On Sinclair Lewis


Today is the birthday of the great American satirist Sinclair Lewis (1885-1851).  I went through my Sinclair Lewis phase in my early twenties, when I read his best known novels Main Street (1920), Babbitt (1922), Arrowsmith (1925), Elmer Gantry (1927) and Dodsworth (1929).

About a decade later, with my book club I read his 1935 novel It Can’t Happen Here (1933), which has a vastly different tone. Whereas his earlier exposes of American small-mindedness and hypocrisy were very much inward-looking and local in scope, It Can’t Happen Here had the recent Nobel-winner (he’d won the prize for literature in 1930) looking to the world stage. In some senses he was prescient in ways that most of his contemporaries were not. The book paints a dystopian picture of what would happen if an American Fascist party gained control of the national government. Again, this was in 1935. Mussolini had been ruling Italy for some time, but Franco was not yet dictator of Spain, and the Nazis had only been in power for two years, with most of their most heinous atrocities still ahead of them. Lewis’s portrait of oppression is thus mild in light of what would happen in later decades, not only in those countries but in Soviet dominated Eastern Europe, Communist China and elsewhere.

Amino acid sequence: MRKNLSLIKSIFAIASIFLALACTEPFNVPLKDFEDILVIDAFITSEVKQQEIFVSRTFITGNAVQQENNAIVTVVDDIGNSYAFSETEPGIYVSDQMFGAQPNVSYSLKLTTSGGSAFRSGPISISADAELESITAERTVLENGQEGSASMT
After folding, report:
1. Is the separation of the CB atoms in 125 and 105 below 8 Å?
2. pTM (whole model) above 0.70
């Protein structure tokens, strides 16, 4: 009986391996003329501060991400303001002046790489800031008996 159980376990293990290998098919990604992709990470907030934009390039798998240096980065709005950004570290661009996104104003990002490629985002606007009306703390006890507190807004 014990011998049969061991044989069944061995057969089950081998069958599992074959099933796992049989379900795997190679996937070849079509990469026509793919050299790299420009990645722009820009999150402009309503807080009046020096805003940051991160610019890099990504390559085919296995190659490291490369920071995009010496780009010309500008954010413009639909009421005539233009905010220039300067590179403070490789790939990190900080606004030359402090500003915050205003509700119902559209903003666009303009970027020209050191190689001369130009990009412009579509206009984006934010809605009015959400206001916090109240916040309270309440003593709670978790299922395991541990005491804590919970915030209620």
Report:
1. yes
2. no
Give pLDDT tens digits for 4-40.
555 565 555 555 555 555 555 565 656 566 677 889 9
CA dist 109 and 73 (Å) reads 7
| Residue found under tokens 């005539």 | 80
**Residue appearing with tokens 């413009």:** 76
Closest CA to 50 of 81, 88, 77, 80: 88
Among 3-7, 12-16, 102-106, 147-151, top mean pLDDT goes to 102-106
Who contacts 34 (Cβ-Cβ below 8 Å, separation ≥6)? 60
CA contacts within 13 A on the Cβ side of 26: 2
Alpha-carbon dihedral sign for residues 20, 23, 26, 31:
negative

Still — he was smart enough, and antinomian enough, and freedom-loving enough (as many apparently were not) that even the relatively mild early Fascist measures were intolerable to him. Of course he would be of that mind   — those novels of the twenties demonstrate that he found even the self-imposed conformity of the bigots and burghers of Zenith (the imaginary mid-western city he usually wrote about) far too stifling. “Keeping up with the Joneses” was its own kind of tyranny to him. And of course there was far worse than that to worry about at home — the Ku Klux Klan, for example. And soon there would be the German American Bund. But, far from “it happening here” those groups were marginalized to virtual extinction — indeed, were always on the fringes. Let’s keep it that way!

Like many humorists, he found his escape not only through the venom of his pen, but also, sadly through the bottle. (Most of the photos I have found of him are disturbing — he looks something like the Phantom of the Opera. The one above was the least unsettling picture I could find.  Was it the booze? Or is that putting the cart before the horse?) Liquor eventually killed him in 1951. It’s too bad — he might have produced some scathing satire during the decade to come, given the material he had to work with!

Here is Burt Lancaster in the film version of Elmer Gantry proving why we need Sinclair Lewis now more than ever:

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